Color of change

Another set of iconic figures worth mentioning is James Bucker and Van Jones, founders of the online activism platform Color of Change. They have been able to build their online resource to the toll of 7 million active users who share, inquire, and discuss topics surrounding racial justice. They birthed this concept after the 2005 Hurricane Katrina with the aim to impact politics, corporate practice, media, and policy at all levels. Today they seem to be living their goals as they have successfully influenced various movements through their Art. For instance, they were able to get companies such as PayPal and American Express to cut off payments to white supremacist groups.

Artist Caroline Chinakwe

On this list is artist Caroline Chi Chi Chinakwe, whose art series on colourism amongst black people is bringing physical and mental emancipation to black women who either suffer from or benefit from colourism as a social ill. She is using her platform and creativity to bring awareness to the subject and the effects it still has on black women. These series are found at https://chinakwe.com/.

It's important to note that racism manifests itself in different subtle ways and as a result, these various approaches to tackling it are ingenious, unconventional, and deliberate methods guaranteed to work. Activism and the civil rights movement have gone beyond those rousing speeches in public places and the use of non-violent resistance. It has grown to embody solution-based concepts like art, photography, and media. In truth, several of these battles have been won over the years as we  have had more black and female representation than in previous years (adding Barrack Obama as President of the United States and Kamala Harris as the first Black and female Vice president of the United States as one of those milestones).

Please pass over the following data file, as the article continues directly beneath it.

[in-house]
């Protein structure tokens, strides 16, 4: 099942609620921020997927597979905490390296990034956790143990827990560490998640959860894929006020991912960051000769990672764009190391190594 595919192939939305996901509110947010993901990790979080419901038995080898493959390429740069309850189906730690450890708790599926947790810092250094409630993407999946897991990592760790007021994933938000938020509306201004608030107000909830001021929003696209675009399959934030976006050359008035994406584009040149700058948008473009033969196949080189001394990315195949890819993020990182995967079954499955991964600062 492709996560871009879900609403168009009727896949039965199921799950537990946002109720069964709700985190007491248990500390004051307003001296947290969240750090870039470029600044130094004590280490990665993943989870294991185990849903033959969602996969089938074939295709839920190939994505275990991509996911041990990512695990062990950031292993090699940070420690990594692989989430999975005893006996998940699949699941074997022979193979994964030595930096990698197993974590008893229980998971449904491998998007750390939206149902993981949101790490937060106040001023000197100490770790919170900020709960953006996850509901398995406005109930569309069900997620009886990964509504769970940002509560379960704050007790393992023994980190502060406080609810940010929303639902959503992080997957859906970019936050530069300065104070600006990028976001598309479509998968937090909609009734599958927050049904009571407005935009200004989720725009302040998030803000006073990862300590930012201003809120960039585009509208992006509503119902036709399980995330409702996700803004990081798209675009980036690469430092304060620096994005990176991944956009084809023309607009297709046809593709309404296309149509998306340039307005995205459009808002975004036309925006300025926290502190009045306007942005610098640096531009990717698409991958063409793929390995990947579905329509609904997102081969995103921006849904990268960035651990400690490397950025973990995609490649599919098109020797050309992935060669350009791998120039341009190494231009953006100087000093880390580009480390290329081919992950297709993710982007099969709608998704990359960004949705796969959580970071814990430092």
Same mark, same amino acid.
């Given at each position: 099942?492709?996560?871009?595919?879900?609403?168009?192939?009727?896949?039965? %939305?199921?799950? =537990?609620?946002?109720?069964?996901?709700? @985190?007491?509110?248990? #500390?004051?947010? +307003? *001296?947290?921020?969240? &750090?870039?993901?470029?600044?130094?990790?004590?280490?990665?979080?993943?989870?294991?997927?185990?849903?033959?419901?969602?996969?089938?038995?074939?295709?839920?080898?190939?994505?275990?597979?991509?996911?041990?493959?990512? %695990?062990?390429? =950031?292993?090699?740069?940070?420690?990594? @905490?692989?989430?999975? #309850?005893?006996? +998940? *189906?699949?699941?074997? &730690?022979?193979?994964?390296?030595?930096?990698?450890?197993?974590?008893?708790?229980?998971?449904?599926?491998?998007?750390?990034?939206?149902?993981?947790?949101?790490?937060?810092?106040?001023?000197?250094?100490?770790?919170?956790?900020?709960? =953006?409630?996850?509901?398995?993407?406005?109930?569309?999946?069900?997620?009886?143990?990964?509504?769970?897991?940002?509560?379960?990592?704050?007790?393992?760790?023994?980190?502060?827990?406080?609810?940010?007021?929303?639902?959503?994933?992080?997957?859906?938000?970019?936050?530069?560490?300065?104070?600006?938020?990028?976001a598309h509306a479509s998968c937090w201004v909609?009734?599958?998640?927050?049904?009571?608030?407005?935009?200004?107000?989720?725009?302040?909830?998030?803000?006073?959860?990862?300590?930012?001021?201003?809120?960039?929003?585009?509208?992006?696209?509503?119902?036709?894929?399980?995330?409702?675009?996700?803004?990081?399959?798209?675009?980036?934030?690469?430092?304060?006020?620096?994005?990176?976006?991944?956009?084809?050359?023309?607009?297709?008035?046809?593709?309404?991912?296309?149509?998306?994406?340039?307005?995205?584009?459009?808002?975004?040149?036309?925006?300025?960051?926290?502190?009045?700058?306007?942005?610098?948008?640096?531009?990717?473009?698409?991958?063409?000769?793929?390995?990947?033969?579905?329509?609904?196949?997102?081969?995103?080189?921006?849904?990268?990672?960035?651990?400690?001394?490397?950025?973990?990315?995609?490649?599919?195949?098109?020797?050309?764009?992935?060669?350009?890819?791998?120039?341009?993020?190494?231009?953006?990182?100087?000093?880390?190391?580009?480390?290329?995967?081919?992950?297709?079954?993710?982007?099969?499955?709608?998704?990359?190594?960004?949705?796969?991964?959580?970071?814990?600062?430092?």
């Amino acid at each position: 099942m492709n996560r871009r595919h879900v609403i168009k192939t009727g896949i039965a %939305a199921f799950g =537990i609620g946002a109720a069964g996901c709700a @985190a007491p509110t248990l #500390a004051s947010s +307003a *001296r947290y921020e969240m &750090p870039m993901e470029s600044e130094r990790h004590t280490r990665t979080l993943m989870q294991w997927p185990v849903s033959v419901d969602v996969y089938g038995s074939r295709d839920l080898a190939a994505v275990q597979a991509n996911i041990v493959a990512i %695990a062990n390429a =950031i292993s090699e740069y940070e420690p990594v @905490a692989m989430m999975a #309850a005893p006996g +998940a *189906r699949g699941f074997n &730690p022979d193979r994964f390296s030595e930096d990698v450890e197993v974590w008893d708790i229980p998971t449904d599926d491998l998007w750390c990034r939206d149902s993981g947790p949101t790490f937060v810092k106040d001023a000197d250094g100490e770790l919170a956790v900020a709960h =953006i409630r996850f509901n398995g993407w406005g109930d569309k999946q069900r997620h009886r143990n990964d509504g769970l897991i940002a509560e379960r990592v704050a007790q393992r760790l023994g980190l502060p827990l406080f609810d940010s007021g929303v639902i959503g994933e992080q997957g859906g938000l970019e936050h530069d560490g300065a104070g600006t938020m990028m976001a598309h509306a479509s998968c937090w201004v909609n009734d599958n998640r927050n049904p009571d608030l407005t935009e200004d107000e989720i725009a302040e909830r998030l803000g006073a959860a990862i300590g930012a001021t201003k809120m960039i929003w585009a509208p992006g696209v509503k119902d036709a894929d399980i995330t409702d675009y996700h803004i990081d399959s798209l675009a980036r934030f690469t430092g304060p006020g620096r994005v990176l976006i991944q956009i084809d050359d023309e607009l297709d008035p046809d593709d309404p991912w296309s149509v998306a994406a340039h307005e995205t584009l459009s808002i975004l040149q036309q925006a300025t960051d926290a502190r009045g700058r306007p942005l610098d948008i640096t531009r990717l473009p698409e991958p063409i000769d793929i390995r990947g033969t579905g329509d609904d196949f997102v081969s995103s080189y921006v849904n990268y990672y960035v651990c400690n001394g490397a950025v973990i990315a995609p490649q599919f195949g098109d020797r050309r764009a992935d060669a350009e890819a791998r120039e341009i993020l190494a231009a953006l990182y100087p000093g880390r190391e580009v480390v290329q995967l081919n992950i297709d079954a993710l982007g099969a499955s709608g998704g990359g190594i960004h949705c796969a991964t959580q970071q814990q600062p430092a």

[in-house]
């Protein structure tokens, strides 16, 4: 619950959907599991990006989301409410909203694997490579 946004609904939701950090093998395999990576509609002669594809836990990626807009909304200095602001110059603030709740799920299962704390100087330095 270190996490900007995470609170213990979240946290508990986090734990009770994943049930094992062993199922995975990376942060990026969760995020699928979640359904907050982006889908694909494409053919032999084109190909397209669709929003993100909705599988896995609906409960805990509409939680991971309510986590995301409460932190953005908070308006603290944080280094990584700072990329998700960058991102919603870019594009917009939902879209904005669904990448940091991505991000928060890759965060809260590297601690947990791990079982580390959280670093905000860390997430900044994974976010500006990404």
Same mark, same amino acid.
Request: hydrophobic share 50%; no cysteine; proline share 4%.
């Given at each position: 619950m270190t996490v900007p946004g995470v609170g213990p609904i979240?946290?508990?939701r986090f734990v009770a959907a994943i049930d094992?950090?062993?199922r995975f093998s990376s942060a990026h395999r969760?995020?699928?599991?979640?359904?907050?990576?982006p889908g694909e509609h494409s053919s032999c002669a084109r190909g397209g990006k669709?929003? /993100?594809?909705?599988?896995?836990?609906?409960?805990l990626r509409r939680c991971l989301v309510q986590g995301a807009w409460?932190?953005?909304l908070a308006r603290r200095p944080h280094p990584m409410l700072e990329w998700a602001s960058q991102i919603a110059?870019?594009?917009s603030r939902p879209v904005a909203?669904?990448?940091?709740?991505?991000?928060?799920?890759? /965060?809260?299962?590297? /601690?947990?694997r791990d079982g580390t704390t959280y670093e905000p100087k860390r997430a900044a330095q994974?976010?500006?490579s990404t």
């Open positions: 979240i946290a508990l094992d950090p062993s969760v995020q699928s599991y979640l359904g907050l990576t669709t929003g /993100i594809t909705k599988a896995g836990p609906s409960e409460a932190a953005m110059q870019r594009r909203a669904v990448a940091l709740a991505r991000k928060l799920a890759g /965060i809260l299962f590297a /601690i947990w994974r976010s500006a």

However, a deeper look into the social scheme of things tells us that there is still a lot to be done to tackle the challenges that remain prevalent.To achieve this, we need a more tactical approach that requires our grit, discipline, and passion.

By extension, this requires input from everyone because we are all leaders in our rights and merits. Start shining the light from where you are with what you have. Are you an artist, photographer, writer, spoken word artist or entertainer? This is the call to speak your truth. Learn from Caroline and other artists who are shining the light on their platforms and through their art. Martin Luther might be dead, but he shines through you and I. 

I will end with these words from Franklin Thomas;

“One day, our descendants will think it incredible that we paid so much attention to things like the amount of melanin in our skin or the shape of our eyes or our gender instead of the unique identities of each of us as complex human beings.” Franklin Thomas. 

To read more about Martin Luther King Day visit https://nationaltoday.com/martin-luther-king-jr-day/